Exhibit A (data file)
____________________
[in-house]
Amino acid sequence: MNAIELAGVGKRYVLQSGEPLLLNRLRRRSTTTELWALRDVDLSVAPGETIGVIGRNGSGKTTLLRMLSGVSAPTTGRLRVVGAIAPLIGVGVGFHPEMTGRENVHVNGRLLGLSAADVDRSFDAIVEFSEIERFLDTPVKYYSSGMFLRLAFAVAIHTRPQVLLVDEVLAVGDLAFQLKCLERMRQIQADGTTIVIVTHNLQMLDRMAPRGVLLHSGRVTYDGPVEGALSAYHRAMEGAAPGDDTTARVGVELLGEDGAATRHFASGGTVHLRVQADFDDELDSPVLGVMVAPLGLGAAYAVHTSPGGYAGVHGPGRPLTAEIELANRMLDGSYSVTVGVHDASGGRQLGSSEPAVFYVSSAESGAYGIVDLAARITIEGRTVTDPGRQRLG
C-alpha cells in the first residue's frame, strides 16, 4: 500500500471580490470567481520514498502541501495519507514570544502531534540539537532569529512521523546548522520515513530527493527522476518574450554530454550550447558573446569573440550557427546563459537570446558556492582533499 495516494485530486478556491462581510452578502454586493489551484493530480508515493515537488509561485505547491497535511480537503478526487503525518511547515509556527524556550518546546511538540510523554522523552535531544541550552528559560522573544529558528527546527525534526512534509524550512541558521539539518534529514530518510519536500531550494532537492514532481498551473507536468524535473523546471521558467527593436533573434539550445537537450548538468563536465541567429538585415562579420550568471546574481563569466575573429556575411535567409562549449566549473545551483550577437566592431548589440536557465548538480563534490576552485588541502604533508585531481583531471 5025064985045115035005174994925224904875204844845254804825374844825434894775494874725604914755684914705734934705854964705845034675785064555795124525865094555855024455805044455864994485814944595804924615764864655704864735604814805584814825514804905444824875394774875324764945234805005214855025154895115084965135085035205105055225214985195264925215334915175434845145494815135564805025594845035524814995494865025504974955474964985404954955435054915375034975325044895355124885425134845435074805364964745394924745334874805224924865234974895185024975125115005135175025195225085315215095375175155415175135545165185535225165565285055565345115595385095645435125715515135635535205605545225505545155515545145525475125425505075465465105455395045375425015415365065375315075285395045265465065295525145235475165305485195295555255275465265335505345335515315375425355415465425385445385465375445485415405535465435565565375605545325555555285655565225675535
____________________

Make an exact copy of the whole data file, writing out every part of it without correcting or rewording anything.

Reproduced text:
[in-house]
Amino acid sequence: MNAIELAGVGKRYVLQSGEPLLLNRLRRRSTTTELWALRDVDLSVAPGETIGVIGRNGSGKTTLLRMLSGVSAPTTGRLRVVGAIAPLIGVGVGFHPEMTGRENVHVNGRLLGLSAADVDRSFDAIVEFSEIERFLDTPVKYYSSGMFLRLAFAVAIHTRPQVLLVDEVLAVGDLAFQLKCLERMRQIQADGTTIVIVTHNLQMLDRMAPRGVLLHSGRVTYDGPVEGALSAYHRAMEGAAPGDDTTARVGVELLGEDGAATRHFASGGTVHLRVQADFDDELDSPVLGVMVAPLGLGAAYAVHTSPGGYAGVHGPGRPLTAEIELANRMLDGSYSVTVGVHDASGGRQLGSSEPAVFYVSSAESGAYGIVDLAARITIEGRTVTDPGRQRLG
C-alpha cells in the first residue's frame, strides 16, 4: 500500500471580490470567481520514498502541501495519507514570544502531534540539537532569529512521523546548522520515513530527493527522476518574450554530454550550447558573446569573440550557427546563459537570446558556492582533499 495516494485530486478556491462581510452578502454586493489551484493530480508515493515537488509561485505547491497535511480537503478526487503525518511547515509556527524556550518546546511538540510523554522523552535531544541550552528559560522573544529558528527546527525534526512534509524550512541558521539539518534529514530518510519536500531550494532537492514532481498551473507536468524535473523546471521558467527593436533573434539550445537537450548538468563536465541567429538585415562579420550568471546574481563569466575573429556575411535567409562549449566549473545551483550577437566592431548589440536557465548538480563534490576552485588541502604533508585531481583531471 5025064985045115035005174994925224904875204844845254804825374844825434894775494874725604914755684914705734934705854964705845034675785064555795124525865094555855024455805044455864994485814944595804924615764864655704864735604814805584814825514804905444824875394774875324764945234805005214855025154895115084965135085035205105055225214985195264925215334915175434845145494815135564805025594845035524814995494865025504974955474964985404954955435054915375034975325044895355124885425134845435074805364964745394924745334874805224924865234974895185024975125115005135175025195225085315215095375175155415175135545165185535225165565285055565345115595385095645435125715515135635535205605545225505545155515545145525475125425505075465465105455395045375425015415365065375315075285395045265465065295525145235475165305485195295555255275465265335505345335515315375425355415465425385445385465375445485415405535465435565565375605545325555555285655565225675535